Common exercises after a joint replacement
If you’re gearing up for a total hip or knee replacement, chances are you have a lot of things on your mind. Perhaps you’ve talked with people who have had one of these procedures in the past. If so, they likely told you about the rehabilitation and recovery that takes place after a surgery. Maintaining a post-op physical therapy and exercise routine is essential to a successful outcome. In some cases, patients work directly with a physical therapist during regular clinic hours. Other times, patients may receive take-home instructions for recommended exercise strategies and movements. Regardless of the rehabilitation outlet that you choose, as the New York times recently reported, studies have shown that the most important thing is continued movement.
While you won’t be able to immediately jump back into your day-to-day routine, with time, you will be able to ease back into them. The key is consistency and correct movement. Here are a few of the exercises that you can expect to do following your procedure.
After a knee replacement
You may be wondering why exercise after your surgery is so important. Remember that strenuous movement strengthens your muscles and improves your joint flexibility. Additionally, exercising can help increase circulation in your legs and feet, which can prevent the development of blood clots.
In the first days after your knee replacement, your exercises will be moderate, although you will still likely feel strained. Quadricep sets, leg raises, and ankle pumps will beef up the leg muscles that surround your knee. You will also start doing knee bends and straightening exercises, likely with the support of a rolled towel or blanket. Many of these exercises can be done while lying down or sitting at your bedside. You will also be encouraged to walk short distances with the assistance of a walker or crutches. When using the stairs, you should have a handrail or the support of another person. Eventually, you will work your way up to standing knee bends, assisted knee bends, movement with resistance bands, and cycling on a bicycle machine.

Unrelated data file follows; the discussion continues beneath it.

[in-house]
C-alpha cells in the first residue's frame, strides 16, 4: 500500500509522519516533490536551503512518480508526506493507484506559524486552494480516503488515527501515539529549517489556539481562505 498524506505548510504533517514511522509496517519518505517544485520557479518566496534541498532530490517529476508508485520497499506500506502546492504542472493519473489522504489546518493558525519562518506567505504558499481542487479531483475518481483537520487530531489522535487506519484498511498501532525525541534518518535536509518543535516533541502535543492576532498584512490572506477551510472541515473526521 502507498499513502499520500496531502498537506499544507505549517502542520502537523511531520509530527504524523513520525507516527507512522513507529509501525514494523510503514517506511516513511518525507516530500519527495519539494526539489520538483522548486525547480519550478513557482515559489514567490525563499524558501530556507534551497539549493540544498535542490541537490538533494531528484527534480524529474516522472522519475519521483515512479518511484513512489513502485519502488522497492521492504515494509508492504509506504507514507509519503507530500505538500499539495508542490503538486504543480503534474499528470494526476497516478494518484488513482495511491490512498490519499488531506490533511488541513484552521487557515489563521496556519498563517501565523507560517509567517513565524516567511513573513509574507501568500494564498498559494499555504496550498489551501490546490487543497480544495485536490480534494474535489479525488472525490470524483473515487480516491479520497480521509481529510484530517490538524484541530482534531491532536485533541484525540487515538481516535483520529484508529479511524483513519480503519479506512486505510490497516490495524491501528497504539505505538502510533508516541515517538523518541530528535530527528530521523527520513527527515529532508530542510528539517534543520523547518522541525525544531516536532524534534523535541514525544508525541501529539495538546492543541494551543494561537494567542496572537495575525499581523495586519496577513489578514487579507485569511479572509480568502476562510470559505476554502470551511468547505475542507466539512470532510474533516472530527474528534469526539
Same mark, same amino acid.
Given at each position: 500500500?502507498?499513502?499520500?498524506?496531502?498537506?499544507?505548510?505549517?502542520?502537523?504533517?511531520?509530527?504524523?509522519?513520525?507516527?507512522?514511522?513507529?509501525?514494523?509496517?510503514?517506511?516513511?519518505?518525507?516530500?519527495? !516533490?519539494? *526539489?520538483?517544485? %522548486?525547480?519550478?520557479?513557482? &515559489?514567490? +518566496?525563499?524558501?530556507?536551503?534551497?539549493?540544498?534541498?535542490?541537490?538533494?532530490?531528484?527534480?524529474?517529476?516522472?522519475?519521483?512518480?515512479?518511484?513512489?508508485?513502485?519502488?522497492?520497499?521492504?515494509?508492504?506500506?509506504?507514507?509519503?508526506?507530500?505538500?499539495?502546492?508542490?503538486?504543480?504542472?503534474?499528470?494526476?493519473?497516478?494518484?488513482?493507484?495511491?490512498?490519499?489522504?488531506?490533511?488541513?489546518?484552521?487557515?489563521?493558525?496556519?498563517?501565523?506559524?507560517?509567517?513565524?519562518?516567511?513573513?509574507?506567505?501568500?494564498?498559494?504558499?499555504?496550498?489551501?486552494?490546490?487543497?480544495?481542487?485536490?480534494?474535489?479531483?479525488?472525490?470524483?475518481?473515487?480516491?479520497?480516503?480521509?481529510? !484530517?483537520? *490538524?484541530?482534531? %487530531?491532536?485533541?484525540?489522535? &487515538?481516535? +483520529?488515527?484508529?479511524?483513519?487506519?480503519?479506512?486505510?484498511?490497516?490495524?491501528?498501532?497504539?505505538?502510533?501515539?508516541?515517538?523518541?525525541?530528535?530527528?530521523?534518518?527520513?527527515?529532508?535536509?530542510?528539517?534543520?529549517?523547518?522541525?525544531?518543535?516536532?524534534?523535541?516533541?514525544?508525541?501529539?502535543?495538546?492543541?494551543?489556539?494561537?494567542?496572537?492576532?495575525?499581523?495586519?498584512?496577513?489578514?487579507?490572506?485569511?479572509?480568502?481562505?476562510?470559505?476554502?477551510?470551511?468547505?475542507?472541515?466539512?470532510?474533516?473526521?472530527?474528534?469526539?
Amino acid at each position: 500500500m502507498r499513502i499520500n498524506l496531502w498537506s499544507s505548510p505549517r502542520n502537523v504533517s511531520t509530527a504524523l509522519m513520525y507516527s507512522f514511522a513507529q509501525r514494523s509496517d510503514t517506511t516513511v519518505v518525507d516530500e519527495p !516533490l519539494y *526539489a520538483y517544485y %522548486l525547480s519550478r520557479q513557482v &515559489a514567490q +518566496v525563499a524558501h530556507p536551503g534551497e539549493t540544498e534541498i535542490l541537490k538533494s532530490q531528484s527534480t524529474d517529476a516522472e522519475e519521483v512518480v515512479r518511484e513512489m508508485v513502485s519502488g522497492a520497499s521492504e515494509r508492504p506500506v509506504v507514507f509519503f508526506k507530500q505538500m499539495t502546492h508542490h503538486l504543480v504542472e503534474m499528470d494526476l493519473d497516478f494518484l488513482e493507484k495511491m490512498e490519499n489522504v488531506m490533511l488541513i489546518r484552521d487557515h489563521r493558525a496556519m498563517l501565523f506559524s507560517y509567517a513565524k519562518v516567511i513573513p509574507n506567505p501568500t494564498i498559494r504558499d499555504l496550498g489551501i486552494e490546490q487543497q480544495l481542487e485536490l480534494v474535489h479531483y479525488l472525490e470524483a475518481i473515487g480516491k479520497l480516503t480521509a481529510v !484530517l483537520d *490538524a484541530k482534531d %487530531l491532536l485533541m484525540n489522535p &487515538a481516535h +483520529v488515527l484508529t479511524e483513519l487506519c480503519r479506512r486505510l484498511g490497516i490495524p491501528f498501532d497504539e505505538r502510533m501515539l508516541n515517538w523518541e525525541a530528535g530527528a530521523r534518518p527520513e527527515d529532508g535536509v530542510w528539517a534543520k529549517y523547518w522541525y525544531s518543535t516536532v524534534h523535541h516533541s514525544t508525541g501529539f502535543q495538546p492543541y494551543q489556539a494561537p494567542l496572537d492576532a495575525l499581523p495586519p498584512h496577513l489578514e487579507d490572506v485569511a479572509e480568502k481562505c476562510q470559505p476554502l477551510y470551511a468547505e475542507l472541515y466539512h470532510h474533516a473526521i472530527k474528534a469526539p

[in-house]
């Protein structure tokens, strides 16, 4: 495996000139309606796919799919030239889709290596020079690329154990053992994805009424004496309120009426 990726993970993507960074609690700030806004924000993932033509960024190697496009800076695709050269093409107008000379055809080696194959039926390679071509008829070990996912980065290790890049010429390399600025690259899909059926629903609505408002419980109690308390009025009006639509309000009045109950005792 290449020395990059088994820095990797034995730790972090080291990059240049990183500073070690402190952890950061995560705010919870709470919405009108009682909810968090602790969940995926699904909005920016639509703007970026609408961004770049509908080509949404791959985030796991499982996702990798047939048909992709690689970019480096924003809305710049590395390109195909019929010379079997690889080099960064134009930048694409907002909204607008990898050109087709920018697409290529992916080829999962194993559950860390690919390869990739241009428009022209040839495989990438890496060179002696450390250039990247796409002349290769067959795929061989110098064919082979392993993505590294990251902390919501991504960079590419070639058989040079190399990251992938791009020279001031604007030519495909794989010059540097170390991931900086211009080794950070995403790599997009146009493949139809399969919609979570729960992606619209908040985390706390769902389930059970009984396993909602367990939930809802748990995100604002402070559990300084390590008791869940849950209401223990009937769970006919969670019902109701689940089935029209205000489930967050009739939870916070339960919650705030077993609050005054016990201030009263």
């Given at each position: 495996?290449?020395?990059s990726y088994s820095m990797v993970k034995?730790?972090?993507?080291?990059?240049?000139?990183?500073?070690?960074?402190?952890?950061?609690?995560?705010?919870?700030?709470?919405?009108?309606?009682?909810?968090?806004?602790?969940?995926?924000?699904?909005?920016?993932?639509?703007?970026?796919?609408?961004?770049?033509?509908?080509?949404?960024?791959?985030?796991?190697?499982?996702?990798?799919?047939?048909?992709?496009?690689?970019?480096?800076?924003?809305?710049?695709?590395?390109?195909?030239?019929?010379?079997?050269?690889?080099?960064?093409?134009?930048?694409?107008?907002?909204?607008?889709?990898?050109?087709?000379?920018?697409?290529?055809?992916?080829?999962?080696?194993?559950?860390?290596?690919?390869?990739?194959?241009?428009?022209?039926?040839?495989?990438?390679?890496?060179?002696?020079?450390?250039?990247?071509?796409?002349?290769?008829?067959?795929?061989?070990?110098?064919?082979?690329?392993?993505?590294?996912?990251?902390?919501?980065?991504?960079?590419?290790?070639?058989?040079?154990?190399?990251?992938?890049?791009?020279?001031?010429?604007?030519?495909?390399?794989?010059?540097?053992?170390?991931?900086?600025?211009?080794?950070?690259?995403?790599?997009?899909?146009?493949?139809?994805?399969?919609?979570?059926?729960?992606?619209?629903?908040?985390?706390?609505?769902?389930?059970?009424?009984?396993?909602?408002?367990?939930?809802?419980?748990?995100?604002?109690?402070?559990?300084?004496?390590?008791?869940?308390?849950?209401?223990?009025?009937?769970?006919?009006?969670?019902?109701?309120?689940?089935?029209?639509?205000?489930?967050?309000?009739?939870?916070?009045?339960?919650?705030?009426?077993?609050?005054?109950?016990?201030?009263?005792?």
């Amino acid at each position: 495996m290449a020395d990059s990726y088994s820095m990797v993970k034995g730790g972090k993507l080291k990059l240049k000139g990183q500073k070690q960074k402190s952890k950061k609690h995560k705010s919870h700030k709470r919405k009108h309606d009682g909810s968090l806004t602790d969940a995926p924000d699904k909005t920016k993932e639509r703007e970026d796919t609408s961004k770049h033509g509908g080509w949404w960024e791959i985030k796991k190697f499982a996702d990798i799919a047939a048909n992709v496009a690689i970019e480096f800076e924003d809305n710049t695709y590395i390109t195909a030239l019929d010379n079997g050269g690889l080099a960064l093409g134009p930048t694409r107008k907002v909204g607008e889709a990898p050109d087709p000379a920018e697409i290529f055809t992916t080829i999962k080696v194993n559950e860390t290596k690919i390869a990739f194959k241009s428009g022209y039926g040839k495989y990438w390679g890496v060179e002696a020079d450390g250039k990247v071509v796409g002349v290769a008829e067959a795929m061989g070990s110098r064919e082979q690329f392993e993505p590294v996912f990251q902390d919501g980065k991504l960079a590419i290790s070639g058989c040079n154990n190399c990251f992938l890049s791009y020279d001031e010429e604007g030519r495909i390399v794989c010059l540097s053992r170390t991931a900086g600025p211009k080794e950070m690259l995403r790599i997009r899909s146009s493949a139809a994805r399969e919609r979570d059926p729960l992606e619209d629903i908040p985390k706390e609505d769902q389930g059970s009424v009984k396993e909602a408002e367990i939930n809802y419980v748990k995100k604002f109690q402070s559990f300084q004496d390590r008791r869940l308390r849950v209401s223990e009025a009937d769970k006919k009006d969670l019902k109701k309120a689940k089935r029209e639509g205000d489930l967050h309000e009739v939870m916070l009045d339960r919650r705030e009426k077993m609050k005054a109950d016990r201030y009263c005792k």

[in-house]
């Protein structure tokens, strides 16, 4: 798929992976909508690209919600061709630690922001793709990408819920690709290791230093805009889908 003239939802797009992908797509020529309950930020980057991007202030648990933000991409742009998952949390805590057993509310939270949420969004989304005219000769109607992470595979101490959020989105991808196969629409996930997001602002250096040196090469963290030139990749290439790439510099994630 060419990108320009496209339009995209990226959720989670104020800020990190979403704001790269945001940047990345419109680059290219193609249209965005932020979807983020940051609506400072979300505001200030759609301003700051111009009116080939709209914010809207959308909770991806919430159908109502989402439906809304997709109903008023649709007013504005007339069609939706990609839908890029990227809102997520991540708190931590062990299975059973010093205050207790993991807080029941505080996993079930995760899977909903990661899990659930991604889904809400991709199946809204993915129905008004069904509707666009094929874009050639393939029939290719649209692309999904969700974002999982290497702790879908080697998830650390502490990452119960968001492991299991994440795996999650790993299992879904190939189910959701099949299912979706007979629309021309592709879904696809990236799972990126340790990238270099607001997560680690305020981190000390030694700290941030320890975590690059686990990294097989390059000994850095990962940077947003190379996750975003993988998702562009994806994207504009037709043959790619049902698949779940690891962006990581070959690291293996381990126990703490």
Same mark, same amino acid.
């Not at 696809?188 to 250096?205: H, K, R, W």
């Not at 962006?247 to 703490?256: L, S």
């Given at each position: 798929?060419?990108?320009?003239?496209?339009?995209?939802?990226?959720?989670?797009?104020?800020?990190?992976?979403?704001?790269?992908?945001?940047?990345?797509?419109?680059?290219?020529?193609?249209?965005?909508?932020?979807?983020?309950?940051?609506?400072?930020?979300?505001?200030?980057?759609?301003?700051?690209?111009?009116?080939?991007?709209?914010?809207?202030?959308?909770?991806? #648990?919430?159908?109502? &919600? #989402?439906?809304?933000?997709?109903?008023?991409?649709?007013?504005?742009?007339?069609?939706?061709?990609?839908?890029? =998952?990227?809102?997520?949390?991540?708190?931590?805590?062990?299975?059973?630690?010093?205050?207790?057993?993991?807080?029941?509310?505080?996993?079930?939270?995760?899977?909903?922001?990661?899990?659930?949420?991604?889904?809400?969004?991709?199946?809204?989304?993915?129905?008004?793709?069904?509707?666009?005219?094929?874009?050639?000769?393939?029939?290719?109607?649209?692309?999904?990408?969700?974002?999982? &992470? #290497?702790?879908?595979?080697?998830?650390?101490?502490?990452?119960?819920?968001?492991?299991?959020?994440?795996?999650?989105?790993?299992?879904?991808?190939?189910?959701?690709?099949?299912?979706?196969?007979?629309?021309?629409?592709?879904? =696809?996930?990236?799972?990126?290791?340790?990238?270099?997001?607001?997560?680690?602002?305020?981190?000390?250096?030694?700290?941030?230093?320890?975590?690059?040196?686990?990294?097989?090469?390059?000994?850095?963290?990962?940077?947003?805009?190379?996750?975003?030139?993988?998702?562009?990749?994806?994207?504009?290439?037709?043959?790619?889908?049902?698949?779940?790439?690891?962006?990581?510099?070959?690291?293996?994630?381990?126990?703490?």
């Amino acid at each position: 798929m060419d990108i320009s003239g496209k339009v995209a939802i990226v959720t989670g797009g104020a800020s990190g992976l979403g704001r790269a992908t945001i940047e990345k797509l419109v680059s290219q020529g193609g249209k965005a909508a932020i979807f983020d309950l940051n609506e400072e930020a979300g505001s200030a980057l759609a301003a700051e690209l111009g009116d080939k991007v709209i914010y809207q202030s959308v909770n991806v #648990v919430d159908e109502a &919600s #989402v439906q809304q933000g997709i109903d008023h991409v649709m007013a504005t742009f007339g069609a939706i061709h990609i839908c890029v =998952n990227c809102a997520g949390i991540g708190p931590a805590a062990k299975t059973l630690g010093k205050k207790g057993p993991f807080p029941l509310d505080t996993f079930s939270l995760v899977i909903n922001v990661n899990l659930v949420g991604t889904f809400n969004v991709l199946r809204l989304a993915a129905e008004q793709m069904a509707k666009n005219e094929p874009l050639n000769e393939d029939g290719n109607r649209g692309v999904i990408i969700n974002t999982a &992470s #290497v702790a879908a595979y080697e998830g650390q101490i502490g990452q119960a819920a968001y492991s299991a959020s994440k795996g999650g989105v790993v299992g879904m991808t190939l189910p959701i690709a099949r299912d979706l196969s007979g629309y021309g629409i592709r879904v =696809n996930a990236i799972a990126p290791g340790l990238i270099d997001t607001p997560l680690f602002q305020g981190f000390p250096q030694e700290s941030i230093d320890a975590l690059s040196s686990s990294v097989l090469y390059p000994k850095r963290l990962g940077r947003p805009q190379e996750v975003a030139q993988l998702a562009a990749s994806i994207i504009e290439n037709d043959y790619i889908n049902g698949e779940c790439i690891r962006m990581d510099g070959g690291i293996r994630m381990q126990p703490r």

After a hip surgery
Rehabilitation will begin almost immediately after your procedure and will focus on strengthening your muscles, improving your new hip’s movement, and preventing blood clots. Beginning exercises will include ankle pumps and bed-supported knee bends. Although these movements may not feel like they are directly related to your hip replacement, they are important for stability and do impact your recovery. You may also be encouraged to do buttock contractions, abduction exercises, quadricep sets, and leg raises. These can all be done from the comfort of your bed. Soon, you will graduate to standing exercises, which include knee raises, where your leg is lifted toward your chest; standing hip abductions, where your leg is lifted out to the side; and standing hip extensions, where your leg is lifted backward. For a time, you will need to use support, like a walker or crutches, when walking or using the stairs. As your recovery advances, so will your exercises. To challenge yourself, your therapist might recommend incorporating an elastic tube for resistance in movement.
Recovery can feel frustrating when you just want to be back to your normal routine, but taking it easy and being diligent with your exercise program can greatly improve your surgical outcomes.